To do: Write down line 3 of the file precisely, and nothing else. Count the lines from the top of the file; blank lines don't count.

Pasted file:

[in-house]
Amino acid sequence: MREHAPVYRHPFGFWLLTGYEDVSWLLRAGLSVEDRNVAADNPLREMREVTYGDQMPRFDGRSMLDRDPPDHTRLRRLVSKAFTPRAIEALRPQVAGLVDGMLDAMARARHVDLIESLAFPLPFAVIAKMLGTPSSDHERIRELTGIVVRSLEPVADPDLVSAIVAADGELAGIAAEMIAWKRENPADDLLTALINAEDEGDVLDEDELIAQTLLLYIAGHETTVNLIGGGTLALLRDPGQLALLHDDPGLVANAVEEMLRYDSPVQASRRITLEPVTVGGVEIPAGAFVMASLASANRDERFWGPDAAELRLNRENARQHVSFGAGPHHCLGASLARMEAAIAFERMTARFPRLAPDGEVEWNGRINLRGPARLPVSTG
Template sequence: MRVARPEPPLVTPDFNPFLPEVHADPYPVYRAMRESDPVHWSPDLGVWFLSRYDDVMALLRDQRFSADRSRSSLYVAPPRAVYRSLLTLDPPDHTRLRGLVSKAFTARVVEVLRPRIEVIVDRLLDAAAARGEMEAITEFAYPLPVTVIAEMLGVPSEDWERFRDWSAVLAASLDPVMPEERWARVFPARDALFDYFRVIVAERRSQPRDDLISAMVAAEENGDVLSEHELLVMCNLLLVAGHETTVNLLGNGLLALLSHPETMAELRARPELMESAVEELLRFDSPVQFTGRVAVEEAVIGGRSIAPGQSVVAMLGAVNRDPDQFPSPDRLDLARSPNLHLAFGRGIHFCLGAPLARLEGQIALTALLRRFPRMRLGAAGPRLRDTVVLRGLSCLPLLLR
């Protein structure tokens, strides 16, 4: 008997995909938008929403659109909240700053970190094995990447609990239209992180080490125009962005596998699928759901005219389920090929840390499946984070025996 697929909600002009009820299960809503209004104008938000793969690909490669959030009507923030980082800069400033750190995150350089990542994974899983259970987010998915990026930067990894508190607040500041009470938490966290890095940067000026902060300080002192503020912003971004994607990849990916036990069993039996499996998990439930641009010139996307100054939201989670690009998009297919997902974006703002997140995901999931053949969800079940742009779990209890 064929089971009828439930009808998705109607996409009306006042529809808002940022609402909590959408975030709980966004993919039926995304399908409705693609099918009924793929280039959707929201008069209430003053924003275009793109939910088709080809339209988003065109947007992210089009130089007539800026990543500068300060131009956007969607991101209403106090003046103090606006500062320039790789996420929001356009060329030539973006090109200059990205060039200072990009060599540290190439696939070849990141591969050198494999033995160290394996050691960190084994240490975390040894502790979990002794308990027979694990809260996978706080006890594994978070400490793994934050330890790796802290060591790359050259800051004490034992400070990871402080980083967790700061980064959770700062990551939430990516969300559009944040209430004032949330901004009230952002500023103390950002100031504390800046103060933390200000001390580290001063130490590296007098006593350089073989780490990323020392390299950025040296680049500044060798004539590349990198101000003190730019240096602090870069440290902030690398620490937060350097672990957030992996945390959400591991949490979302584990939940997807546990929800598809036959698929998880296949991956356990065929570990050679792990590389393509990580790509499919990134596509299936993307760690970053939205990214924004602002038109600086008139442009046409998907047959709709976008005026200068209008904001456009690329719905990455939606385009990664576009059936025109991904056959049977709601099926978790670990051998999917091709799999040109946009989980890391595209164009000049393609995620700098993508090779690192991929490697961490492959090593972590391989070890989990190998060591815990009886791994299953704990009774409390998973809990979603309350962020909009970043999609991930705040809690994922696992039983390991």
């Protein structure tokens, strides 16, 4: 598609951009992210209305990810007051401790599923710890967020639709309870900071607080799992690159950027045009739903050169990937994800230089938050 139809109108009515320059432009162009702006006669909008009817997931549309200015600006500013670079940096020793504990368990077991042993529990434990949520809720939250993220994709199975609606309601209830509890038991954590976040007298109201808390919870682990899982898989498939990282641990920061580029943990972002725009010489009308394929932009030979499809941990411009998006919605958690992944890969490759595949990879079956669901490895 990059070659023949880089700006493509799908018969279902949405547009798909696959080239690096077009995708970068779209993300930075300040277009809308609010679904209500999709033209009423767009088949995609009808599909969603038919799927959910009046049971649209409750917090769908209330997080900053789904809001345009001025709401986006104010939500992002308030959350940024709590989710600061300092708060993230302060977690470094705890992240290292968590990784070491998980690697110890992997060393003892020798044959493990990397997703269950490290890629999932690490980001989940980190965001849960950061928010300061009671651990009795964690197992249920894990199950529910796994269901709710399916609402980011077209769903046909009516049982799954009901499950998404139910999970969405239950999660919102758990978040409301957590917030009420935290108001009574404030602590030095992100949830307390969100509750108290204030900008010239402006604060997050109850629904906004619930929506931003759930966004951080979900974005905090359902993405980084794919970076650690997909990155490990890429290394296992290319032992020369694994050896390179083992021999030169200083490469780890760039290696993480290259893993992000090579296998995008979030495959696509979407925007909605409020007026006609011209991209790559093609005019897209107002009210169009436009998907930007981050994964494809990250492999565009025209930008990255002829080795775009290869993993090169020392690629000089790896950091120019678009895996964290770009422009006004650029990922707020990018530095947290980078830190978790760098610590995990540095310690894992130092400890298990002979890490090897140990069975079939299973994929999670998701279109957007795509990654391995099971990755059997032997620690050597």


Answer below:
Template sequence: MRVARPEPPLVTPDFNPFLPEVHADPYPVYRAMRESDPVHWSPDLGVWFLSRYDDVMALLRDQRFSADRSRSSLYVAPPRAVYRSLLTLDPPDHTRLRGLVSKAFTARVVEVLRPRIEVIVDRLLDAAAARGEMEAITEFAYPLPVTVIAEMLGVPSEDWERFRDWSAVLAASLDPVMPEERWARVFPARDALFDYFRVIVAERRSQPRDDLISAMVAAEENGDVLSEHELLVMCNLLLVAGHETTVNLLGNGLLALLSHPETMAELRARPELMESAVEELLRFDSPVQFTGRVAVEEAVIGGRSIAPGQSVVAMLGAVNRDPDQFPSPDRLDLARSPNLHLAFGRGIHFCLGAPLARLEGQIALTALLRRFPRMRLGAAGPRLRDTVVLRGLSCLPLLLR